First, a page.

Social Media Briefing: The Russ-ia for our data
Oh 2018, just when we thought you couldn’t get any worse, Russia gets its hands on our data.
In what is increasingly turning into the plot of a spy thriller, earlier this week top dogs from Facebook, Twitter and YouTube told Congress they’ve found accounts linked to Russian operatives.
Conservative MP Damian Collins is leading a parliamentary investigation into online meddling. He told CNN that Facebook user data tangled up in the Cambridge Analytica (CA) scandal was accessed from Russia and other countries.
He cited the recent discovery by the UK regulator, the Information Commissioner Office, which is investigating the data misuse by Facebook.
“I think what we want to know now is who were those people and what access did they have, and were they actually able to take some of that data themselves and use it for whatever things they wanted," he said.
“So is it possible, indirectly, that the Russians learned from Cambridge Analytica, and used that knowledge to run ads in America during the presidential election as well?”
Aleksandr Kogan, who was passing information to CA after launching a Facebook app, has said this could all boil down to an innocent coincidence, such as a representative of CA’s parent company, SCL Elections, remotely accessing the server to see the files while in Russia.
Elon musk be sorry after comments
In proof that no good deed goes unpunished, tech entrepreneur Elon Musk has apologised for calling a diver who helped rescue the Thai boys stuck in a cave a ‘pedo’ on social media.
He says he spoke ‘in anger’ because British diver Vern Unsworth mocked a mini-submarine he had sent in to help rescue the boys. Unsworth called it a ‘PR stunt’ and told him to stick it ‘where it hurts’.
Obviously there are no winners in a mud-slinging match like this, but at the same time calling the guy a paedophile is way too far.
"His actions against me do not justify my actions against him, and for that I apologise," Musk said.
It may be too little too late though, as the diver is saying he might sue.
Hackers are finding ever-more interesting ways of stealing people’s data – which is why platforms need to come up with ever-more secure ways of protecting it.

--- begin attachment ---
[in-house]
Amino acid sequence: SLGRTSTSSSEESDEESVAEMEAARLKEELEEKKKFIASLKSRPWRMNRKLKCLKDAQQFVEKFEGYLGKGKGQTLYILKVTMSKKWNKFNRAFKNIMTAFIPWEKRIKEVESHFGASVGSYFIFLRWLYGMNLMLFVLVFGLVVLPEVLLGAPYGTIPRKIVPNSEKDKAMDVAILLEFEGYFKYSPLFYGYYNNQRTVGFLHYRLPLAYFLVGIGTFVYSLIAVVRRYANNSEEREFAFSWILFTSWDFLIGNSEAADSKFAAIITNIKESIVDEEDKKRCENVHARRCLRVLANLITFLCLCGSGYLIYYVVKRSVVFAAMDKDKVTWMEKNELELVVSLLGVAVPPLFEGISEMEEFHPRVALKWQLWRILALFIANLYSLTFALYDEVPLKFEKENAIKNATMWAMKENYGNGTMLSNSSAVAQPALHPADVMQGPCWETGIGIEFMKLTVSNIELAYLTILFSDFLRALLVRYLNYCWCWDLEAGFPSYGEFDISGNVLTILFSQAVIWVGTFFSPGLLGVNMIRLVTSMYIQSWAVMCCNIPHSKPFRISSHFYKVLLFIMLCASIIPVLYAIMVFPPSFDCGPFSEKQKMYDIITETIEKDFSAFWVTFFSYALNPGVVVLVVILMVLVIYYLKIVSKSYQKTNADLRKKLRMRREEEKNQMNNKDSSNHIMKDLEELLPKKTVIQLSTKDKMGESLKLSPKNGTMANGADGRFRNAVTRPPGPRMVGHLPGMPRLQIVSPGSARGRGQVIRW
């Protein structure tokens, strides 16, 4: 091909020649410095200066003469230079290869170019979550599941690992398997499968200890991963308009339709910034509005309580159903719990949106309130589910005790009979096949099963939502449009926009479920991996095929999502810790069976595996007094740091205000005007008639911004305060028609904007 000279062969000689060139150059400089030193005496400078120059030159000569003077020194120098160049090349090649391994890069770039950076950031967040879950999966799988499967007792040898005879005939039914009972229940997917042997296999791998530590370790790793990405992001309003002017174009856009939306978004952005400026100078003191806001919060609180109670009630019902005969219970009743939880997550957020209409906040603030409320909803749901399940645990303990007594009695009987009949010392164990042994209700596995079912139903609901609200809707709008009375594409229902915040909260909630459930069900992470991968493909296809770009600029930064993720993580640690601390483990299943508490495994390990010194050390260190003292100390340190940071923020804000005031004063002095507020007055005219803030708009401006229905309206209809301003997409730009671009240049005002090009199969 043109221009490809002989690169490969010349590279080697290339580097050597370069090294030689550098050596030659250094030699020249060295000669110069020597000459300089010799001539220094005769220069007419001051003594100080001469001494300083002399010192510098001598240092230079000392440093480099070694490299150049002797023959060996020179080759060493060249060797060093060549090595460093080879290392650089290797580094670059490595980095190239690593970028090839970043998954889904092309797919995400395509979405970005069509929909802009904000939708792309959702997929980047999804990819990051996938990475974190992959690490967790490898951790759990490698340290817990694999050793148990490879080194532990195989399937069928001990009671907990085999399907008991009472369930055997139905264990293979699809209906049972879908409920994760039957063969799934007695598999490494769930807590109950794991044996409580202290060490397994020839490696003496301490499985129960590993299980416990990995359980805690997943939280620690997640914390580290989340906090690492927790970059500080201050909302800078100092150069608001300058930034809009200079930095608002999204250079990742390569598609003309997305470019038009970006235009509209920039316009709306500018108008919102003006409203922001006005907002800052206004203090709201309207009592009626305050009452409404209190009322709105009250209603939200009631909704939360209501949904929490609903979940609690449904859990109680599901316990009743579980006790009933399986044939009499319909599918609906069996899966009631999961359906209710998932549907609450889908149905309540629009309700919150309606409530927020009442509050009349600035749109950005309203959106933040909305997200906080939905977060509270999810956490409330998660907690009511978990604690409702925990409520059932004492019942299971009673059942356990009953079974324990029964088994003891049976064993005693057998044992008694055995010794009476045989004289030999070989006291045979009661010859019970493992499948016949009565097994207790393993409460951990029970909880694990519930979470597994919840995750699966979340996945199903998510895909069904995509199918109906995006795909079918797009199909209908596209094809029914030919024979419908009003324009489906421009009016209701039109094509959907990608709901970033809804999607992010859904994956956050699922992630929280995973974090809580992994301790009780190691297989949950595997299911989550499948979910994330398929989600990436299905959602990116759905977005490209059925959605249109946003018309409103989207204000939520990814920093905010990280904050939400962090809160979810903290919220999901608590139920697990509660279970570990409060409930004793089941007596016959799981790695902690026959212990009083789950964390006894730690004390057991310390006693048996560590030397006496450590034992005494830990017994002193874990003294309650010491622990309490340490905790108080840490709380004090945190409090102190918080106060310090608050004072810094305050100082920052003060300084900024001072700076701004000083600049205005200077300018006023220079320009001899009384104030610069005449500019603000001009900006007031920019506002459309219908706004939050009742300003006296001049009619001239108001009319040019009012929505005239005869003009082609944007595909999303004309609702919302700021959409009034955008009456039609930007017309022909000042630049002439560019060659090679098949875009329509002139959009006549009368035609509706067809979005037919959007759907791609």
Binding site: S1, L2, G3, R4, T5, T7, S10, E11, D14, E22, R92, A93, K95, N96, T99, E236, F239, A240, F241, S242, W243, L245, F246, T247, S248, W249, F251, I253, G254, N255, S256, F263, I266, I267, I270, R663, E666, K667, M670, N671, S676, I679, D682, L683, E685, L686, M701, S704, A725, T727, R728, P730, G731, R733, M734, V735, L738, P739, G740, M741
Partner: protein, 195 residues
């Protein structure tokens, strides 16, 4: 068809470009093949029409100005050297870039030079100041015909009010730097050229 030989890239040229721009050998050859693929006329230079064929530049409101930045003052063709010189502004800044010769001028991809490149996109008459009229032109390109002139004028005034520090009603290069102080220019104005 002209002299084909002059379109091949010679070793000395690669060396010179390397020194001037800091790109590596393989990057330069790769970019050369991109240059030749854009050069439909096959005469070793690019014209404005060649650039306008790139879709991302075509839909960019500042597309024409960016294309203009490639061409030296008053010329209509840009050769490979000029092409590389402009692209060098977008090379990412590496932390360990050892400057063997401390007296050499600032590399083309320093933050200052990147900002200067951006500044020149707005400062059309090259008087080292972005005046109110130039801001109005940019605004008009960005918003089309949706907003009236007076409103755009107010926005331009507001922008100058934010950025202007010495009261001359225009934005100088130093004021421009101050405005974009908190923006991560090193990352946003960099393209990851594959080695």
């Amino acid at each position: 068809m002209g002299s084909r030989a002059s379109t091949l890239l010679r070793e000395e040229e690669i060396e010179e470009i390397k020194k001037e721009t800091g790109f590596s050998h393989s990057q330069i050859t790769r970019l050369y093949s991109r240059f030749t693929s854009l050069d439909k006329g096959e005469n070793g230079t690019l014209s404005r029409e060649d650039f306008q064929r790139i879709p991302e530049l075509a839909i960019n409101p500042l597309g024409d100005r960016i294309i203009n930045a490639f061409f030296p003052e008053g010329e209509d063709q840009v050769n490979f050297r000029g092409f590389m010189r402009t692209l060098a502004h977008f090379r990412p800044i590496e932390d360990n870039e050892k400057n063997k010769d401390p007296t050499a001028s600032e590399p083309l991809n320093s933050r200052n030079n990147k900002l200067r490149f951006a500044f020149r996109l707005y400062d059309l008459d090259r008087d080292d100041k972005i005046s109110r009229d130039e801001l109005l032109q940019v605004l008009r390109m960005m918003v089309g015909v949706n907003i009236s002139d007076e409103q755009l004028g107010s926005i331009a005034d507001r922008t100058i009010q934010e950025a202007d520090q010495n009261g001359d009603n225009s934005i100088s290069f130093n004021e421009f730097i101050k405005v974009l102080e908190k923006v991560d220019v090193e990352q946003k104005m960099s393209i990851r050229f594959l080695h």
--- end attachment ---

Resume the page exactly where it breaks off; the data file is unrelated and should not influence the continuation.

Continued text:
Social media is playing a big part in the latest trend, which is where hackers call up phone providers and pretend they want to move their number over to a new SIM.
They then use this new Sim to reset as many of the users’ passwords as they can, which is fairly easy because most people link their social accounts to their phone number in some way.
They then steal users’ social media handles and sell them for Bitcoin – you’d be amazed at what some of the more in-demand handles can get.
Instagram told TechCrunch that it’s planning to release a non-SMS two-factor authentication system that works with security apps like Google Authenticator or Duo.
This means that when you try and log into an account, you’ll be asked for a second method of identification to go alongside your password – but it won’t be something linked to your phone.
In this case, the new system gives users a special code to log in that can’t be generated on a different phone, just in case your number is moved to a hacker’s SIM card.
It’s so important to be aware of things like this as hacking techniques evolve as it’s so easy to get lazy about security, while attackers have an increasing number of doorways to our data.
How fake are your followers?
We wear our Twitter followers like a badge of honour – but with bots and the ability to buy followers, it’s best to take numbers with a pinch of salt.
Twitter recently announced it would be culling accounts that seem fake, hiding them so they wouldn’t be counted in a user’s followers.
Earlier this week I took a look at how many fake followers some of the top tech tweeters had, and you might be surprised at who has the best rating…
If you’re feeling brave you can also use the tool to find out how many of your own followers are real.
→ READ MORE: How many fake followers do top tech execs have?
Am I addicted to tech?
‘This time last week I wasn’t addicted to tech’ begins the fantastic blog from our new work experience student Amber.
In a piece of prose that’s full of highs and lows, Amber monitors her tech usage for a week and let me tell you, it’s pretty harrowing for her - which is exactly why I don’t intend to try it myself.
→ READ MORE: Am I addicted to tech?
SVPER social media
This might seem a little counterintuitive, but there’s now a social network that rewards you for meeting up offline.
SVPER is a blockchain-based network that replaces user profiles, pictures and text messages with instant video invitations.
This means that when they log in they can see what people near them are doing, or planning to do, choose the event they would like to join, and meet them in person straight away. The more users socialize, the more cryptocurrency tokens they get.
The team behind the app say they want to fight offline loneliness and social isolation by bringing the online dating and friends-seeking experience closer to reality.
In an era where loneliness is reaching epidemic levels, this could be the SVPERhero we need!